Phillips-Fein (Invisible Hands), professor of history at NYU’s Gallatin School of Individualized Study, makes municipal bonds exciting in this painstakingly researched revisionist account of the 1970s fiscal crisis that shook New York to its core. She argues that, although the city would go on to emerge from the crisis seemingly unscathed, its robust brand of social democratic politics would be lost forever. Paced like a thriller and extremely well written, the book chronicles the slow descent of the city into a fiscal abyss and its unlikely rescue by a group of hardened bureaucrats, altruistic investment bankers, and political power players who formed the Municipal Assistance Corporation. Dubbed “Big MAC,” the committee succeeded in passing austerity measures that gutted the city’s public services and institutions while restoring fiscal health—but at the cost of reorienting city politics towards the wealthy and paving the way for the glittering, profoundly unequal “hard-edged city” of today. Phillips-Fein narrates with almost cinematic flair, and by the time the credits roll, the significance of her accomplishment becomes clear. The book should be required reading for all those interested in the past, present, and future of democratic politics. (Apr.)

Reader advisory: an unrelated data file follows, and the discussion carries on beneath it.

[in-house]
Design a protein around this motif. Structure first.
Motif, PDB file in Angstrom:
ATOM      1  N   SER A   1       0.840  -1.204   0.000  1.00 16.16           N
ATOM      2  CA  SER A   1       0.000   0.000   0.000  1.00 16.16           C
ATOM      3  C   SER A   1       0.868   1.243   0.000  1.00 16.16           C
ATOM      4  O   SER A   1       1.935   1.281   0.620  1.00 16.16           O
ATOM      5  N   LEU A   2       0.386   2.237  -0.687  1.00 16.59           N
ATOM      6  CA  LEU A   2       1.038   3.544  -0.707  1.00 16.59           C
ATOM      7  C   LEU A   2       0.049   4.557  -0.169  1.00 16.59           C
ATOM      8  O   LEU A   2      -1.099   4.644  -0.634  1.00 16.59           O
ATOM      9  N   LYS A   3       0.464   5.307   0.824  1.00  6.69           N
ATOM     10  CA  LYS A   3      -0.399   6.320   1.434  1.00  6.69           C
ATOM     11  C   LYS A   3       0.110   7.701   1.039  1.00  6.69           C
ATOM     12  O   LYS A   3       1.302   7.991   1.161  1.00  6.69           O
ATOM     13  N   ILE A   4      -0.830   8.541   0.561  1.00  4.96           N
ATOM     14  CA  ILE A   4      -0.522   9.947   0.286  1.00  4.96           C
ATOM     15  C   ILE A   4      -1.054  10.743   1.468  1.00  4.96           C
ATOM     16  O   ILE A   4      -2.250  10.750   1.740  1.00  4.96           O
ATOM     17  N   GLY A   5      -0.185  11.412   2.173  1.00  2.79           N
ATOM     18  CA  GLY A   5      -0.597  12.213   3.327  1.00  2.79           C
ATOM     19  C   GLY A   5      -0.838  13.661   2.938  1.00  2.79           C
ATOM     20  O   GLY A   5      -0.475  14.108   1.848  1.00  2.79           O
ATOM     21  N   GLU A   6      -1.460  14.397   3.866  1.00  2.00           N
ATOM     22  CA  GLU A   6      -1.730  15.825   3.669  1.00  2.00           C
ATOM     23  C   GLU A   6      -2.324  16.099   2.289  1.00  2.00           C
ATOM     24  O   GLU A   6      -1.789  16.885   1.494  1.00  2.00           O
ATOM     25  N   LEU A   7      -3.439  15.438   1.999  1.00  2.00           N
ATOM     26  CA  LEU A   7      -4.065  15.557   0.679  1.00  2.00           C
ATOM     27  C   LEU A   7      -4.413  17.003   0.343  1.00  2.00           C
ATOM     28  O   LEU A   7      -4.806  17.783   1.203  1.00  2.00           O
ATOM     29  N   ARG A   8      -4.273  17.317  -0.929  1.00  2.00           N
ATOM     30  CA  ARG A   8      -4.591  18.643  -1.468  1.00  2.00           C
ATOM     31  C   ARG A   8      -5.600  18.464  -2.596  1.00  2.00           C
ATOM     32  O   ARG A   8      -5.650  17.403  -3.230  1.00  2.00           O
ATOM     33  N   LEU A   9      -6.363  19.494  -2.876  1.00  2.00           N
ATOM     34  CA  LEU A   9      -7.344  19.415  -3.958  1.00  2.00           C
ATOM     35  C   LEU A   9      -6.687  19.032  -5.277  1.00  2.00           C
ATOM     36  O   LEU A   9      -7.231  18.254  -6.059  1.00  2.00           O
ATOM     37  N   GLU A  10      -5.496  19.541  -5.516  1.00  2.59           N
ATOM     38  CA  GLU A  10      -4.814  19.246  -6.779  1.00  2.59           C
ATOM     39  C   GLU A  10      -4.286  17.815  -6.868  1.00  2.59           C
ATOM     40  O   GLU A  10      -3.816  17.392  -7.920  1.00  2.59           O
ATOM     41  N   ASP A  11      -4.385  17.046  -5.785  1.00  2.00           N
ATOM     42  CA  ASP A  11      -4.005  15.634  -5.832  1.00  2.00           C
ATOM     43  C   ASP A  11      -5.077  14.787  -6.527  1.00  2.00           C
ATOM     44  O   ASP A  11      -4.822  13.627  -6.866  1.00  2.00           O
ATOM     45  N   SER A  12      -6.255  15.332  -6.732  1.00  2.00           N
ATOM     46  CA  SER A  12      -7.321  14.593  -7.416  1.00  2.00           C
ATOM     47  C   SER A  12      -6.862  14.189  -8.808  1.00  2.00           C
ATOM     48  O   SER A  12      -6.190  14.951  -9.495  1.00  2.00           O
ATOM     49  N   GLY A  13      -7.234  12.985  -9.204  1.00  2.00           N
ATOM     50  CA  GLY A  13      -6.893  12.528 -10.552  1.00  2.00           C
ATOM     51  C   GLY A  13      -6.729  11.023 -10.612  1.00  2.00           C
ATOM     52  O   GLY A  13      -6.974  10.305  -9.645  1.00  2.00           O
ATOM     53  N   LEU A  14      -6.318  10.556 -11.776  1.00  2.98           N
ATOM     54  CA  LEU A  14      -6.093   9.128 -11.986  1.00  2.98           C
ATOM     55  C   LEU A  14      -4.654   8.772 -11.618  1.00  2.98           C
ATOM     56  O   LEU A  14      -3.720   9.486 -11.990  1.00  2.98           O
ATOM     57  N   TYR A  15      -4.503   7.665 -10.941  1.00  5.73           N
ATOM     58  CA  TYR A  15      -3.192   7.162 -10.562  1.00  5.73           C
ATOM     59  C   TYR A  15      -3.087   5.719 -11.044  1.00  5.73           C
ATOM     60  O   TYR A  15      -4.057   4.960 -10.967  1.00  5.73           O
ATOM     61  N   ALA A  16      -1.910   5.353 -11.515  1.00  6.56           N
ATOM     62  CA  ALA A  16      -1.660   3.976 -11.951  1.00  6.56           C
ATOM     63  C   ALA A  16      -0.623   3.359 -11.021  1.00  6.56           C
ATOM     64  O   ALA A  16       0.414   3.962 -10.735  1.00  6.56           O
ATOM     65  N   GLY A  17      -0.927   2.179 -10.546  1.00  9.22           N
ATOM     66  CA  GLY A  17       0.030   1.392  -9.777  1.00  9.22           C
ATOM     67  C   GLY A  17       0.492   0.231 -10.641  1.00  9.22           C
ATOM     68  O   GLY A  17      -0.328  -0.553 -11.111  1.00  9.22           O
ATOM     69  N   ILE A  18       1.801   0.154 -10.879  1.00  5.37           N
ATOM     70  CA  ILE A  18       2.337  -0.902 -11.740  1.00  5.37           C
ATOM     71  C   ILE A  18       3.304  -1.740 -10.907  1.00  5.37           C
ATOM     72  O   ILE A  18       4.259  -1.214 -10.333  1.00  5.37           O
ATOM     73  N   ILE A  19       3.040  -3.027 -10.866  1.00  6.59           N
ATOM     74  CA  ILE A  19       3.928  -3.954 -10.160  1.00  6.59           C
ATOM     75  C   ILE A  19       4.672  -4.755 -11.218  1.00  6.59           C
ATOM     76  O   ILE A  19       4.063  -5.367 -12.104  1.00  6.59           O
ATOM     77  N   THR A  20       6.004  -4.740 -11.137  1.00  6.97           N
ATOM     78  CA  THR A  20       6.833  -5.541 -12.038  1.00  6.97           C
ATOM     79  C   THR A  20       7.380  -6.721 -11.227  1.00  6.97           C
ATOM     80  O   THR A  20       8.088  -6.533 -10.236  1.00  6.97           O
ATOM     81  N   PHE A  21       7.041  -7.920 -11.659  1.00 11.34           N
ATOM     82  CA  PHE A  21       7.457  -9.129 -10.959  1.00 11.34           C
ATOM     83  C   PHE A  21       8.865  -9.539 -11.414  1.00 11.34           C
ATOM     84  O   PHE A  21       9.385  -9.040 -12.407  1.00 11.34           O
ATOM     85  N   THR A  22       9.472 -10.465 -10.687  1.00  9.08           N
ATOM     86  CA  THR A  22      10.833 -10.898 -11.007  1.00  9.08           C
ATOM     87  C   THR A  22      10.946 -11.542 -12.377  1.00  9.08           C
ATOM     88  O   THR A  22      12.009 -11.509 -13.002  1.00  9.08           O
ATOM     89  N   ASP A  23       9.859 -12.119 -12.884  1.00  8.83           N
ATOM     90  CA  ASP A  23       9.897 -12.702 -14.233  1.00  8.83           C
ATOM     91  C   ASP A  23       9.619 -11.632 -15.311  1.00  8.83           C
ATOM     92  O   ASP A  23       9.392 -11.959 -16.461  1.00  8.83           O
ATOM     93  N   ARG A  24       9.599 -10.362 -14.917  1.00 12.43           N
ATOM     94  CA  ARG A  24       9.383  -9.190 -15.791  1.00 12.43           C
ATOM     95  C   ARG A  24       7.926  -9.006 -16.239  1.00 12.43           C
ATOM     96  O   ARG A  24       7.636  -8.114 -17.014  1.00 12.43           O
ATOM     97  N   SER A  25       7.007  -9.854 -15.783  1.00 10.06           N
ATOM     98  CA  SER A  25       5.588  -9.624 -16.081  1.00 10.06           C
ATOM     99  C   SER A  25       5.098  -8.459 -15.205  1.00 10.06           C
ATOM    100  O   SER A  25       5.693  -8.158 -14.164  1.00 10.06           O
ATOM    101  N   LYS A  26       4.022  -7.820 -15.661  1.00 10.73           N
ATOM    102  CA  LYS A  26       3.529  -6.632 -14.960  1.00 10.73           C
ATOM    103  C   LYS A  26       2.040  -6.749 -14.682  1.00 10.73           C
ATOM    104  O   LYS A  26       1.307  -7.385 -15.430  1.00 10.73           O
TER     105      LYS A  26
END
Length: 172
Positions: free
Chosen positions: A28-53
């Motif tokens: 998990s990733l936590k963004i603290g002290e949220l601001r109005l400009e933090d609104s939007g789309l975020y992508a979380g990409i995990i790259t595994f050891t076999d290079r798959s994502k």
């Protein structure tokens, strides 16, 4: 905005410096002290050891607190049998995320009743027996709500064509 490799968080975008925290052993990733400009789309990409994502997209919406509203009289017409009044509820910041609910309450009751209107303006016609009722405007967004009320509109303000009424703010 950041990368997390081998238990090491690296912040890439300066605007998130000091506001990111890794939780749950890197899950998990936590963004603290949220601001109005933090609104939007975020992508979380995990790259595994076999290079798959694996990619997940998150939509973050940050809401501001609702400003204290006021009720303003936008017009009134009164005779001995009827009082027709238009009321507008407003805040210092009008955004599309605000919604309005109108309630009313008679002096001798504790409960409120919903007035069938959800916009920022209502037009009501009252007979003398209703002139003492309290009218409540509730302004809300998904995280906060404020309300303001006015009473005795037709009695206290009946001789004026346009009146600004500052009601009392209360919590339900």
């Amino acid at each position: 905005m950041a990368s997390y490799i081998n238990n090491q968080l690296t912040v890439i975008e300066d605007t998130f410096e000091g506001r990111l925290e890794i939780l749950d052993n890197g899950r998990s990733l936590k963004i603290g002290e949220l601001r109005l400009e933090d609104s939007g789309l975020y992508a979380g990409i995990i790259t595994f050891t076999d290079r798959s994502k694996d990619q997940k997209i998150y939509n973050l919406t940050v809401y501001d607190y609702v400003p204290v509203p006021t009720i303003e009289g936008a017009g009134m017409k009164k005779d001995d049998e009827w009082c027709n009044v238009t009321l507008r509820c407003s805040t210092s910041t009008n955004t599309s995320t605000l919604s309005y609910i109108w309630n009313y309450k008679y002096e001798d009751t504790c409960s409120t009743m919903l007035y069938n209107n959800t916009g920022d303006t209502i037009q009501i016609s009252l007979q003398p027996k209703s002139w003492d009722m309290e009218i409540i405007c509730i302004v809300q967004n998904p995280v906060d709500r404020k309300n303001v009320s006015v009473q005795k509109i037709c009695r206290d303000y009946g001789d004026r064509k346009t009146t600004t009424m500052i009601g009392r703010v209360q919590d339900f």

Reviewed on: 03/06/2017 Release date: 04/18/2017 Genre: Nonfiction
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